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Gujarat Samachar beefs up team and product

By , agencyfaqs! | In | May 05, 2003
With competition knocking on its doors, Gujarat Samachar, the 70-year old Gujarati daily, is bracing up for the challenge


Competition can move mountains. In this case, the monolith is 70-year old Gujarati daily, Gujarat Samachar, which has awakened to the need for change both at the product and team levels, as Hindi publication group Dainik Bhaskar gears up to enter the market with Divya Bhaskar, a Gujarati daily, to be launched in the last week of June.

Kumar Nirmalendu, erstwhile regional head (west) at Hindi daily, Amar Ujala is now general manager, all-India marketing at Gujarat Samachar, a sweeping change considering that Samachar has been more region-specific with a team of 10 marketing executives in Gujarat and a skeletal staff of six comprising the all-India marketing team.

The strength of the local and national teams has been beefed up to 22 and 16 with the induction of Nirmalendu, who has a decade's experience in print, on March 2. Also to join Samachar from Amar Ujala is Arun Tyagi, deputy manager (west), who moved as regional manager, west, on May 1.

"With changing times, we felt the need for change," explains Nirmalendu in his first full-length interview since joining Samachar. "Gujarat Samachar is getting a facelift in terms of its design and layout as well as how we view or look at business."

The implication of this statement is clear: From being inward looking, the emphasis today is on servicing readers, advertisers and agencies. "We are looking at a very different Gujarat Samachar where value-addition is crucial - whether it is in terms of reader-friendly schemes or marketing schemes. Technology is being upgraded; the way the product appears to readers is being fine-tuned. The thrust for us is to provide the best," Nirmalendu adds.

Promoted by brothers Bahubali Shah and Shreyansh Shah, Gujarat Samachar has been operating more as a close-knit, family-run business with older brother Shreyansh Shah involved in editorial and younger brother Bahubali Shah in charge of marketing.

Realising the potential of the market and the need to tap untapped areas, Ahmedabad-based Gujarat Samachar went on an aggressive expansion drive in the last decade, launching city-based editions in different parts of the state. Today, the group boasts of six editions including Ahmedabad, Baroda, Surat, Rajkot, Bhavnagar and Mumbai, as well as two satellite editions in Mehsana and Kheda, which are districts adjoining Ahmedabad.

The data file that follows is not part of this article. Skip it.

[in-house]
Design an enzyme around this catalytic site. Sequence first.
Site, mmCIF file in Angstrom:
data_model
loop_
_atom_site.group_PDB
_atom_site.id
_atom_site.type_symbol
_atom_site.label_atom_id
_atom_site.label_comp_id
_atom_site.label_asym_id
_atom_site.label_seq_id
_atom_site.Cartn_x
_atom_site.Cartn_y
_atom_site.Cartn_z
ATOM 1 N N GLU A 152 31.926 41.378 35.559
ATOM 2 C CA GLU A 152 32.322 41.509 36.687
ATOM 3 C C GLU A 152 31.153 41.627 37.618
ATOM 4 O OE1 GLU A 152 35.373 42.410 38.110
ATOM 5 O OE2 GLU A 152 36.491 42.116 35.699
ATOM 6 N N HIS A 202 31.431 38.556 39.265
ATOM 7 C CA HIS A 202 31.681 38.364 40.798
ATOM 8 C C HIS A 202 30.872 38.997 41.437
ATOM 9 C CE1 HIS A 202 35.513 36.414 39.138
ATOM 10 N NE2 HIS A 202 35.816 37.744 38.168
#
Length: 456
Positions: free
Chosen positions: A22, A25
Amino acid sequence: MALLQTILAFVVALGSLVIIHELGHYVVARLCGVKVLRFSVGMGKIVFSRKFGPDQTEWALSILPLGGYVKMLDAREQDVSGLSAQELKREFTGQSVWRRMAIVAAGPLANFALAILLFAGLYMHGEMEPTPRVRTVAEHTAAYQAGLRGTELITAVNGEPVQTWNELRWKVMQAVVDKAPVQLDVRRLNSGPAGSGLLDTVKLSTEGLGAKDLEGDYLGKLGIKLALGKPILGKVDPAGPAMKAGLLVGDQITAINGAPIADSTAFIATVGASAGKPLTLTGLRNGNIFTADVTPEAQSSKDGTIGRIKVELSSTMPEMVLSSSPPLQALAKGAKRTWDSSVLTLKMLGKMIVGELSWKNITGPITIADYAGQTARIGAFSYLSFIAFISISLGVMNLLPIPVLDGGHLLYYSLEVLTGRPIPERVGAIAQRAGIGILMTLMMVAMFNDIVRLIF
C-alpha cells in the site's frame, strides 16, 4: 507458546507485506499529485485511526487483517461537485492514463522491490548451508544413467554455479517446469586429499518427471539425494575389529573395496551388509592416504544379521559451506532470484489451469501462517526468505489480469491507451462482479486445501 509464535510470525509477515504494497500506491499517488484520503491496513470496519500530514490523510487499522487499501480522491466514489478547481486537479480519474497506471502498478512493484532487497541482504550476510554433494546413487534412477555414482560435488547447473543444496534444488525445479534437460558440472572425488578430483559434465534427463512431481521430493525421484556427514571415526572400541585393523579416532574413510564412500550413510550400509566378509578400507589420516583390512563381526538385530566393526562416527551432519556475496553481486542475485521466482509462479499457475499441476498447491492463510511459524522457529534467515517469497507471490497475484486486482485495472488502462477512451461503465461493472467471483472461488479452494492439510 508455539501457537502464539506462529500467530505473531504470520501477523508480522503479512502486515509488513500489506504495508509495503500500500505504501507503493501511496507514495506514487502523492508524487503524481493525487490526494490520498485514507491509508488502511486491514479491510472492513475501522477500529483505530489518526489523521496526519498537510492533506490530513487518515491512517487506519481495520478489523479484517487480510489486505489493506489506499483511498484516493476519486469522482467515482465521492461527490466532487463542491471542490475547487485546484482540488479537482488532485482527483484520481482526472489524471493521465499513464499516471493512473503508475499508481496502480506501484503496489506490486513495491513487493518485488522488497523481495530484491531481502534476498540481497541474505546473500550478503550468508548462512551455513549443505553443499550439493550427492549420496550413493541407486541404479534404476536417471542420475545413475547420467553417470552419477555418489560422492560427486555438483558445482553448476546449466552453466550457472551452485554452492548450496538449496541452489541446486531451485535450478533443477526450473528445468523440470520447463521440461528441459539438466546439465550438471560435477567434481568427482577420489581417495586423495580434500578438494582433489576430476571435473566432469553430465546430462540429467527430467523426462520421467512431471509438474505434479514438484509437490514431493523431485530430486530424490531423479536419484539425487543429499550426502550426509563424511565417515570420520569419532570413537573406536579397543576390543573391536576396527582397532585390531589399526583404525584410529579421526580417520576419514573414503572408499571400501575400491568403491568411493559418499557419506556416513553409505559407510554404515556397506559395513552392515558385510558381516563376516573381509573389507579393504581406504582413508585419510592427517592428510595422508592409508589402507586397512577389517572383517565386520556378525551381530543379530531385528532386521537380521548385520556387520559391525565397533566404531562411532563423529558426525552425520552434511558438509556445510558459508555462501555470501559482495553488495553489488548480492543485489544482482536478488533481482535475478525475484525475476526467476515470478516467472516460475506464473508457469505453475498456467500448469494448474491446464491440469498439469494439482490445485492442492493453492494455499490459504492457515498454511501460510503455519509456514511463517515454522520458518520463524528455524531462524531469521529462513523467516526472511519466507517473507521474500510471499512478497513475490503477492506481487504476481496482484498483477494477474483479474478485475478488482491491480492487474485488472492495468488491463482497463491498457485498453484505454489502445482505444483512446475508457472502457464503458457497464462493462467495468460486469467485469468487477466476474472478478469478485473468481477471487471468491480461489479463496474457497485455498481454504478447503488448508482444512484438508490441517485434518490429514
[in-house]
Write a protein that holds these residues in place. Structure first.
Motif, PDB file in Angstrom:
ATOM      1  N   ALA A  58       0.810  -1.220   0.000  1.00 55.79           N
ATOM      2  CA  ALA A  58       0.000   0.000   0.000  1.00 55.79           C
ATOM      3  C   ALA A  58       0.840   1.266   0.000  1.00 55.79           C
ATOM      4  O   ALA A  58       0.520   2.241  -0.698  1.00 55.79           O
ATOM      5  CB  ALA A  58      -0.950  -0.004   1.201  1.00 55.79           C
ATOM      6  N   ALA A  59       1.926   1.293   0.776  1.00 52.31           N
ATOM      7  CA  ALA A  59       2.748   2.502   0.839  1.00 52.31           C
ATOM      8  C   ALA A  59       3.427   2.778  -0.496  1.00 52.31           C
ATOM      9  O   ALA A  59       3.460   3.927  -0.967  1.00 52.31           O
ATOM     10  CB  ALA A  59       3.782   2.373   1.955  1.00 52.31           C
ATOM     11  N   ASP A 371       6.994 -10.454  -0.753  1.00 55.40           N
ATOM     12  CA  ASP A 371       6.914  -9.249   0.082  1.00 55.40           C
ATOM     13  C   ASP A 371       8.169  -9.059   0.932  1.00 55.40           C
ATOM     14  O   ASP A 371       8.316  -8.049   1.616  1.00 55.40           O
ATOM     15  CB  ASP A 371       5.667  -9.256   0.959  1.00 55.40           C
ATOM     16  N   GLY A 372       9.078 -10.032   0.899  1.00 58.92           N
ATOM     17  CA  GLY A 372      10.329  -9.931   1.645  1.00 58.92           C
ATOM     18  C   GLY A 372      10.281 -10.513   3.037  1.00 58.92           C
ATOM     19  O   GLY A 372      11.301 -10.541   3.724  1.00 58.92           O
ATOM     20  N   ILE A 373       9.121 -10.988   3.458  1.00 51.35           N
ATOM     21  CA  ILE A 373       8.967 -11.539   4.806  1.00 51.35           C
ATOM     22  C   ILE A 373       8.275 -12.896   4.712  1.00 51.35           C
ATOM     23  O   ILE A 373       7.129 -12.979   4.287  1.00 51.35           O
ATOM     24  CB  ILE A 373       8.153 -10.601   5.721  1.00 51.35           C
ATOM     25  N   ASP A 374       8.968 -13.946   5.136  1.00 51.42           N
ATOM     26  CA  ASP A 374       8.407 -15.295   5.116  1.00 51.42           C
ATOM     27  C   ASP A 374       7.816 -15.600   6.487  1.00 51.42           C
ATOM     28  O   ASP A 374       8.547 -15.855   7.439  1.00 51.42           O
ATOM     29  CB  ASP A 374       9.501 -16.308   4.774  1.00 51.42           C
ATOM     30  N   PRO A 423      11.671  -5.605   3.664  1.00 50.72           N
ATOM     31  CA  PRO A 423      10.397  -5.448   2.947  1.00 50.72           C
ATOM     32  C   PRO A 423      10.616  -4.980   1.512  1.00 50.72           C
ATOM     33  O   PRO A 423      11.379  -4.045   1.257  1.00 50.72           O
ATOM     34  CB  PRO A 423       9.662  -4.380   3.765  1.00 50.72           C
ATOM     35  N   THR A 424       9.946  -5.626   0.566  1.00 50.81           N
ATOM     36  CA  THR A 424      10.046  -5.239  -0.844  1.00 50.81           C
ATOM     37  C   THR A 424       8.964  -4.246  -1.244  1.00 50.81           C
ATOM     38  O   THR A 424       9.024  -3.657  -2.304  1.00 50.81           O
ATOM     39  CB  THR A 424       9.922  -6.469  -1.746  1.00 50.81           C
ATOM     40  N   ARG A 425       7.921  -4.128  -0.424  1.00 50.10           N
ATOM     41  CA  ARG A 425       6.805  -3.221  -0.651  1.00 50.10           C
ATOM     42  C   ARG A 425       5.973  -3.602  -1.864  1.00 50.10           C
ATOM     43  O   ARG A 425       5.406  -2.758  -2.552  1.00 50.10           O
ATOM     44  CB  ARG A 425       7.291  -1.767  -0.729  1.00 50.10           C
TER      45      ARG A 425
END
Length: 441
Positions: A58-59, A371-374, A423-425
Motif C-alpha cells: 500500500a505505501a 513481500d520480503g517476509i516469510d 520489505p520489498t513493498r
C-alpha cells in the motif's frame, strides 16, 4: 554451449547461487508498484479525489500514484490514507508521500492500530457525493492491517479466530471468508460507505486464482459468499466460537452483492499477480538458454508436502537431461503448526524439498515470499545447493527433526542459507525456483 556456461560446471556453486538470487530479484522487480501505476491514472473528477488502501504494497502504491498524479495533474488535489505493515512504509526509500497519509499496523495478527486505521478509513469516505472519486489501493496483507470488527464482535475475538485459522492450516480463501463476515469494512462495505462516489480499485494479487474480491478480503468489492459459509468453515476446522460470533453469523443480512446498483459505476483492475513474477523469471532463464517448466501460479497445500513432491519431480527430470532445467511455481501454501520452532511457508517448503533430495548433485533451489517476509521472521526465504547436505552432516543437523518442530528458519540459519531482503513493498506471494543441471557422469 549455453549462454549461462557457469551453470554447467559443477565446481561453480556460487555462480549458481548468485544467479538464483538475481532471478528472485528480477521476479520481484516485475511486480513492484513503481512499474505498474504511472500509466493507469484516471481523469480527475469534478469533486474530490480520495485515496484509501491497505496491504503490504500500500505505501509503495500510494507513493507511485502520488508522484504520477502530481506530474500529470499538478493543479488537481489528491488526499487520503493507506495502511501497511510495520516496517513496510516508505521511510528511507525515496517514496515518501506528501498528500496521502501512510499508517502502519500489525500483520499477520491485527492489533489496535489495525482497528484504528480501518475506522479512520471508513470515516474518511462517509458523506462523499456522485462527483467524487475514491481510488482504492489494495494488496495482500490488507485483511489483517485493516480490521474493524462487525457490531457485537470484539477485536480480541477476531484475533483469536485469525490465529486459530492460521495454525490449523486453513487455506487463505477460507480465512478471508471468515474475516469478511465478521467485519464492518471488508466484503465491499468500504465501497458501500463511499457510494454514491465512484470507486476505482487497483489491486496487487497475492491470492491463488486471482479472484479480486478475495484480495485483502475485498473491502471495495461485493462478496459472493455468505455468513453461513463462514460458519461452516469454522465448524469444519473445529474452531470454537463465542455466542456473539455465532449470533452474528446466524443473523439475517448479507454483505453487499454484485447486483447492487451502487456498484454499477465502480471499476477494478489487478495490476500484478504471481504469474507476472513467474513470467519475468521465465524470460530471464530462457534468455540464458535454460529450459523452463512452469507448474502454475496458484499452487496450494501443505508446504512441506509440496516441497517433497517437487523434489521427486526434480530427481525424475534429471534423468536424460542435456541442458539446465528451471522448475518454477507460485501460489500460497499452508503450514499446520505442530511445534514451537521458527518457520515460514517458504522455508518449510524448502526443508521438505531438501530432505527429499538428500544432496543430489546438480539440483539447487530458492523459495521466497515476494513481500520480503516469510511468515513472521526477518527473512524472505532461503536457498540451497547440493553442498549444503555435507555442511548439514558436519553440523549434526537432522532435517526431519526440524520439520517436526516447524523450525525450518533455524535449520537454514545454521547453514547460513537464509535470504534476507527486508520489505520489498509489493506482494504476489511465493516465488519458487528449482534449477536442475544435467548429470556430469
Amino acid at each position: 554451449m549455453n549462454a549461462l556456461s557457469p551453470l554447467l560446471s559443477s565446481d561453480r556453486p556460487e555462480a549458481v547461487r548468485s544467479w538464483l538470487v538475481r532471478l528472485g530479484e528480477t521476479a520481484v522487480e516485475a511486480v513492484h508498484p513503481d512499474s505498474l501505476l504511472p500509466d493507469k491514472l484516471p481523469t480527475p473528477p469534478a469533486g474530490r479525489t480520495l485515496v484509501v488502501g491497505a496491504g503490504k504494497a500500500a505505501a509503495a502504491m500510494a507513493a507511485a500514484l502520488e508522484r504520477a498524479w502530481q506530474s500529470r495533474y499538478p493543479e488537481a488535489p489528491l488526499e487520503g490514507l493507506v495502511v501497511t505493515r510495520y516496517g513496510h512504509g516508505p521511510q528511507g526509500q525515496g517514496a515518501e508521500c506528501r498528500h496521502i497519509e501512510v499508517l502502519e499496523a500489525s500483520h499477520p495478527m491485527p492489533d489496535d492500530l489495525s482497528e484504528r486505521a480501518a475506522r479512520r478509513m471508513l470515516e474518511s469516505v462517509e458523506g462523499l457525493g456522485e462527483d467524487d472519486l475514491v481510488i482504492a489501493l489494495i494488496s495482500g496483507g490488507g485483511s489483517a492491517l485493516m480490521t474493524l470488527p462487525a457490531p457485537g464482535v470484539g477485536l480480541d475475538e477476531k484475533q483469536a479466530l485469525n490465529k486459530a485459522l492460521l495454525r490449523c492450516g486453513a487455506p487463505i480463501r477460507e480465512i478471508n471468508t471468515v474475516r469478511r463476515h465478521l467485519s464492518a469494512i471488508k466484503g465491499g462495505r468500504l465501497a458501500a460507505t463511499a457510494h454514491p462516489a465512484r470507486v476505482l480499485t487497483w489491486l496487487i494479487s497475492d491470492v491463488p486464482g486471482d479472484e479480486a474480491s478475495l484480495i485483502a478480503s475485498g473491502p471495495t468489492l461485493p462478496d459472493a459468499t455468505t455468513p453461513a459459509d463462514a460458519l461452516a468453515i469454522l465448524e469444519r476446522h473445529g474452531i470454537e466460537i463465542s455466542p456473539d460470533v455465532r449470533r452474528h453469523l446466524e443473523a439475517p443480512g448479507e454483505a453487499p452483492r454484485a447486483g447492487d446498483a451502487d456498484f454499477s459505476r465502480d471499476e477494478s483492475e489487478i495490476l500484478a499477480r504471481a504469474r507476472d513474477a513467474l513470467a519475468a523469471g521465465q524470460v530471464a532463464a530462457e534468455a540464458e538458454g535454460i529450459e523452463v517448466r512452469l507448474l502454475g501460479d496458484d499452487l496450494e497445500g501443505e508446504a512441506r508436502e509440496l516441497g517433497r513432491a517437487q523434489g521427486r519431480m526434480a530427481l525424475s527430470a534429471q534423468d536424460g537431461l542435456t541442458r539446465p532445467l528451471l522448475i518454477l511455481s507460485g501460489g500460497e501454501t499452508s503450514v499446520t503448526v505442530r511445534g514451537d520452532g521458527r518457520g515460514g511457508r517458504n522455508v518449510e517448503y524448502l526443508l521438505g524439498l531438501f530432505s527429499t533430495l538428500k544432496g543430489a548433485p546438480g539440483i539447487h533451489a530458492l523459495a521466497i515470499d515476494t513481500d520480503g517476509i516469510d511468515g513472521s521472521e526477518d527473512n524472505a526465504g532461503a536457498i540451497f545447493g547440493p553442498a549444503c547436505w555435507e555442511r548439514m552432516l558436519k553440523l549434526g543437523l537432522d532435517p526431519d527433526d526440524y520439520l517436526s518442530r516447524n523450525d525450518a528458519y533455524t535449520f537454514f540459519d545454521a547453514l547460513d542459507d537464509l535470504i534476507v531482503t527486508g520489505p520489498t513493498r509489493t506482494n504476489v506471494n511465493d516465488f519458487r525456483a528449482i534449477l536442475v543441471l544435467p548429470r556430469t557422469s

Its circulation, according to ABC for the period of July to December 2002, stands at 10.47 lakh with a city-wise break-up as follows: Ahmedabad - 4.21 lakh, Baroda - 1.45 lakh, Surat - 1.38 lakh, Rajkot - 1.45 lakh, Bhavnagar - 41,561 copies and Mumbai - 1.98 lakh, which shoots up to 2.17 lakh on Sundays. "On an average, circulation of all editions jump by about 4 to 5 per cent on Sundays," reiterates Nirmalendu.

The gap between Samachar and archrival Sandesh, however, is not very wide with the latter clocking a total circulation of 7.58 lakh copies, according to ABC, for the period of July to December 2002.

Competition between the two is known to be fierce with Sandesh promoted by Falgun Patel leading in Baroda and Surat while Samachar is ahead of its rival in Ahmedabad, Rajkot and Bhavnagar.

In Mumbai, Gujarat Samachar frequently locks horns with Bombay Samachar, the Gujarati paper published out of the city, whose circulation, according to ABC, stands at 1.12 lakh for the period of July to December 2002.

Thus, with a comfortable lead in most of the centres, the challenge for the group, according to Nirmalendu, is to produce a product that has a blend of the serious and youthful. "The main issue will be editorially-driven with a serious tone to it while the supplements or magazines (popularly called Poorti) will be youthful in flavour targeting a cross-section of people."

In keeping with this strategy, the group recently launched a "vibrant supplement" called Hello Ahmedabad with a thrust on "infotainment". The paper, on an average, comprises 24 pages (main issue plus supplement) with the main issue divided into two sections, the first comprising 12 pages and the second, a pullout of four pages, containing the edit page as well.

"We are not really looking at a variation in content," asserts Nirmalendu. "The task is to increase its appeal in terms of design and layout, which was initiated a month ago, and of course, focus on servicing," he adds. © 2003 agencyfaqs!

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